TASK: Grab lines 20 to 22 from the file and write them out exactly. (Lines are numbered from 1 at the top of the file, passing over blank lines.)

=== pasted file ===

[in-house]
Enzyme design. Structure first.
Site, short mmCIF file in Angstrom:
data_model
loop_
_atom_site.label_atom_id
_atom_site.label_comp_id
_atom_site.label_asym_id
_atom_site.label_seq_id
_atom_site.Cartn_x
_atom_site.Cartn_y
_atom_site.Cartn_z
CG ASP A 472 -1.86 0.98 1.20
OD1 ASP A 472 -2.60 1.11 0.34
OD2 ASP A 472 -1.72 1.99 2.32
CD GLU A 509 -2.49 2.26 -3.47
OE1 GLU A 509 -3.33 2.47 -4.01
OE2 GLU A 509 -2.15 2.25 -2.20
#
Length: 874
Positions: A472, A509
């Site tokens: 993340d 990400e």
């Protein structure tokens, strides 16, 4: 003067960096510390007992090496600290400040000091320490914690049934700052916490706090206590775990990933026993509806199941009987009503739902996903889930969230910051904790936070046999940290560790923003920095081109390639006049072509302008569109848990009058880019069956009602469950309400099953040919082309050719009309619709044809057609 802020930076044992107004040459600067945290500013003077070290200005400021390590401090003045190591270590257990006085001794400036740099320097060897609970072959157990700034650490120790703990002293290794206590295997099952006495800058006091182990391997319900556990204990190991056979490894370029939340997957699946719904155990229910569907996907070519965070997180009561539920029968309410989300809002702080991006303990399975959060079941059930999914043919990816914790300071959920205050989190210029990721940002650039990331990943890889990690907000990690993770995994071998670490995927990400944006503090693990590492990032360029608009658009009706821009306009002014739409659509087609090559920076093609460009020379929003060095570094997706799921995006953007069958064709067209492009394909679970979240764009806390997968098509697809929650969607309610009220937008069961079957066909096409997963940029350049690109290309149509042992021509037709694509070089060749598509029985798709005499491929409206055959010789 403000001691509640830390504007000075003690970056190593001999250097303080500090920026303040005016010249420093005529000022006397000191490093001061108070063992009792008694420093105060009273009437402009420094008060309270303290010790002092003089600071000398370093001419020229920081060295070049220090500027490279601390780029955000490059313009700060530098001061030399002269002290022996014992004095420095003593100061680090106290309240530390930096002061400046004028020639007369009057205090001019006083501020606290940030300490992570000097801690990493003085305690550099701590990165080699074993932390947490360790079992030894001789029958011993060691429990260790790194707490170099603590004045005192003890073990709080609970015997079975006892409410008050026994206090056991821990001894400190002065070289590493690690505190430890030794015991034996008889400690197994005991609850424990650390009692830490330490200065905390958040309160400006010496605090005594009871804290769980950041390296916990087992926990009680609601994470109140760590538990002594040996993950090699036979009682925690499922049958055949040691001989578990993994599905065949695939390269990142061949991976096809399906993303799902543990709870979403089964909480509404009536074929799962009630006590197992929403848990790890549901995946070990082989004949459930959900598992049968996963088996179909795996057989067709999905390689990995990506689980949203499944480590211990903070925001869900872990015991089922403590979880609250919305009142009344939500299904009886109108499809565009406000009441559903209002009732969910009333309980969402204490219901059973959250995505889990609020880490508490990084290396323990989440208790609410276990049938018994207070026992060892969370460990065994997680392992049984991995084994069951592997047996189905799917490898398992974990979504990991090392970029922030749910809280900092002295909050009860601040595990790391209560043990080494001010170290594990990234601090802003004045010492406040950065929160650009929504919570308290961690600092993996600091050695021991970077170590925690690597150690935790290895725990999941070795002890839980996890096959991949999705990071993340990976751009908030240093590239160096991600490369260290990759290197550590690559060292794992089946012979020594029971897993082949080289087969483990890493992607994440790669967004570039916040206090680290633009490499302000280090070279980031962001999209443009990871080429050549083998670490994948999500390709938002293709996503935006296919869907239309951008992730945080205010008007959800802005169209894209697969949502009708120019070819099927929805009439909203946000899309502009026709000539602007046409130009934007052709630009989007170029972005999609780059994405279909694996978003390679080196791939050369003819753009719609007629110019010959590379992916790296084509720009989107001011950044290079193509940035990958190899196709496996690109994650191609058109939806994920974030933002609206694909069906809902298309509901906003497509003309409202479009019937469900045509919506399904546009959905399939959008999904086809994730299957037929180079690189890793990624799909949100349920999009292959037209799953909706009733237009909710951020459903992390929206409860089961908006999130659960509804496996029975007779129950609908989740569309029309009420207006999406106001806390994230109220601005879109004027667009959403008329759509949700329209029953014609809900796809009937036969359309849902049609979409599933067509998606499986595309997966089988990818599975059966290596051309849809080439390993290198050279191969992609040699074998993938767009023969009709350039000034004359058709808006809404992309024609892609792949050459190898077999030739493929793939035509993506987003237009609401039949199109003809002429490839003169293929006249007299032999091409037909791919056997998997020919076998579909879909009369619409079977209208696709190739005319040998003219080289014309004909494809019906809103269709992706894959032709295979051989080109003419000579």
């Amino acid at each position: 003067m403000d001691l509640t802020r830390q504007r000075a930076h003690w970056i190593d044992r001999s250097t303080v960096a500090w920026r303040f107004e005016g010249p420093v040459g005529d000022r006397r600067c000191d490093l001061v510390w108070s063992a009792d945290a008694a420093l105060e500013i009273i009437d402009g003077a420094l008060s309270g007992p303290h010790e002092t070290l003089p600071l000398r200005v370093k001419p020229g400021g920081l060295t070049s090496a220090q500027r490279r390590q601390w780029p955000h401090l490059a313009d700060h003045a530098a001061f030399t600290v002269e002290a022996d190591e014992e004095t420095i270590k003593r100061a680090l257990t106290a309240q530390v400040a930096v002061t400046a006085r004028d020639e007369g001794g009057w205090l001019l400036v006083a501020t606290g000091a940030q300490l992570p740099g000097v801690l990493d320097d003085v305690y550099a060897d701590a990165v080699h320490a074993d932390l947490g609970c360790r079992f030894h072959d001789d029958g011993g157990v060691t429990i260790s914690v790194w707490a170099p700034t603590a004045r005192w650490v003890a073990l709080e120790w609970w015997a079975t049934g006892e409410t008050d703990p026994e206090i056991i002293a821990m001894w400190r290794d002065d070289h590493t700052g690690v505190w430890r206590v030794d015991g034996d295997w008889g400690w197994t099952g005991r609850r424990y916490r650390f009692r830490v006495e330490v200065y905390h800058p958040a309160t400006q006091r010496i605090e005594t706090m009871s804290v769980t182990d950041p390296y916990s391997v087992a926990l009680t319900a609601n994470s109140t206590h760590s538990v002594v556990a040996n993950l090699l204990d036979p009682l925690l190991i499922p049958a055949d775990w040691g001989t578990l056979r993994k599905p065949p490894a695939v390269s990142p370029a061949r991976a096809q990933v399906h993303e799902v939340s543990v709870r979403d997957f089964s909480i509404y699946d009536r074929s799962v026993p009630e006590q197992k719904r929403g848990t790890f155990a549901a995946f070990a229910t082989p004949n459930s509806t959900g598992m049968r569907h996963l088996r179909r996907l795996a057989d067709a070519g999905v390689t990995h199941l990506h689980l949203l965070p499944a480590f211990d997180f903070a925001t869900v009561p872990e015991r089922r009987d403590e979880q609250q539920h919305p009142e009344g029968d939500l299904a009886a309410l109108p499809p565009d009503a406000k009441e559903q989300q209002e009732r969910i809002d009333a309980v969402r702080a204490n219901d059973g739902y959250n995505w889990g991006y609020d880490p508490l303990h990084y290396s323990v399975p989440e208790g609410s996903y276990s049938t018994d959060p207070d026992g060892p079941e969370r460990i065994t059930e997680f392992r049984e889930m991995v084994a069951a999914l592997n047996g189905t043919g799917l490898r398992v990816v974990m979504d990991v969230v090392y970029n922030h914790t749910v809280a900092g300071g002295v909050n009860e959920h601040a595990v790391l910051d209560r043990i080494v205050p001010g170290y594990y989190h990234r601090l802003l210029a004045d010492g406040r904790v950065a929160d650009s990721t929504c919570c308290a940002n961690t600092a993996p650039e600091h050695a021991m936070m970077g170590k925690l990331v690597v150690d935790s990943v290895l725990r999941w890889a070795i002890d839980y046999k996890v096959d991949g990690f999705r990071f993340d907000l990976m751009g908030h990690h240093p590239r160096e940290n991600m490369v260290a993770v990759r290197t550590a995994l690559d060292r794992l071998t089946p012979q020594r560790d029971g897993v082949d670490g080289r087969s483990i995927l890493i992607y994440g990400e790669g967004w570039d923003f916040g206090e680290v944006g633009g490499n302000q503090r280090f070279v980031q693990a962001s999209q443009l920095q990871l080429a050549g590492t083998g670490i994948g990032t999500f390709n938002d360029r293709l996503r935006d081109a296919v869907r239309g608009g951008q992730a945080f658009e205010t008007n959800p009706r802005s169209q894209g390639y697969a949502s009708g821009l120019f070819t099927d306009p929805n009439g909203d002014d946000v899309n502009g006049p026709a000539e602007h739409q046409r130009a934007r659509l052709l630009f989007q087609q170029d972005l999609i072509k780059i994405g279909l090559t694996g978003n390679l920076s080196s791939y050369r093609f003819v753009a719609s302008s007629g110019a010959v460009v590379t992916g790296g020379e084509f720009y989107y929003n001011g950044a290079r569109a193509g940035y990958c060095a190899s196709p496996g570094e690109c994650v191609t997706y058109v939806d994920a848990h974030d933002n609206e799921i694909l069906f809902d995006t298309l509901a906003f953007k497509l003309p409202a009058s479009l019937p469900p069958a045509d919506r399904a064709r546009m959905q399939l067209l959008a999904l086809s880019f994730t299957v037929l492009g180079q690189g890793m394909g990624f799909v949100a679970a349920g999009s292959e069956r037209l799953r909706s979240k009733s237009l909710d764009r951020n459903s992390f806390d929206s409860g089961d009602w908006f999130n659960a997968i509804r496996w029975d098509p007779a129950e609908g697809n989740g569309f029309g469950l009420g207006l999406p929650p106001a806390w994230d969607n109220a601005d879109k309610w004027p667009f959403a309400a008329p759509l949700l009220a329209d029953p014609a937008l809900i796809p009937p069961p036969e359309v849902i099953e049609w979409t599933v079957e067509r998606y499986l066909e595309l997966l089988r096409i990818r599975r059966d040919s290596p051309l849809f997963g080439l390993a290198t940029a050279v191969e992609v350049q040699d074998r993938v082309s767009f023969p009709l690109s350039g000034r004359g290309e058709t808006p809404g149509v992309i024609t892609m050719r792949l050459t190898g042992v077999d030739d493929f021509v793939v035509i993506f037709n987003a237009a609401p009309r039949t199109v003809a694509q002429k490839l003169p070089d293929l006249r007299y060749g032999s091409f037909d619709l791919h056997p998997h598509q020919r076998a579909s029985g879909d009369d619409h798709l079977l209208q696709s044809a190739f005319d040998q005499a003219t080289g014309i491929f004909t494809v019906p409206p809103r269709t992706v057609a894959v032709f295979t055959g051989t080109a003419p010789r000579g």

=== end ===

Length: 874
Positions: A472, A509
């Site tokens: 993340d 990400e």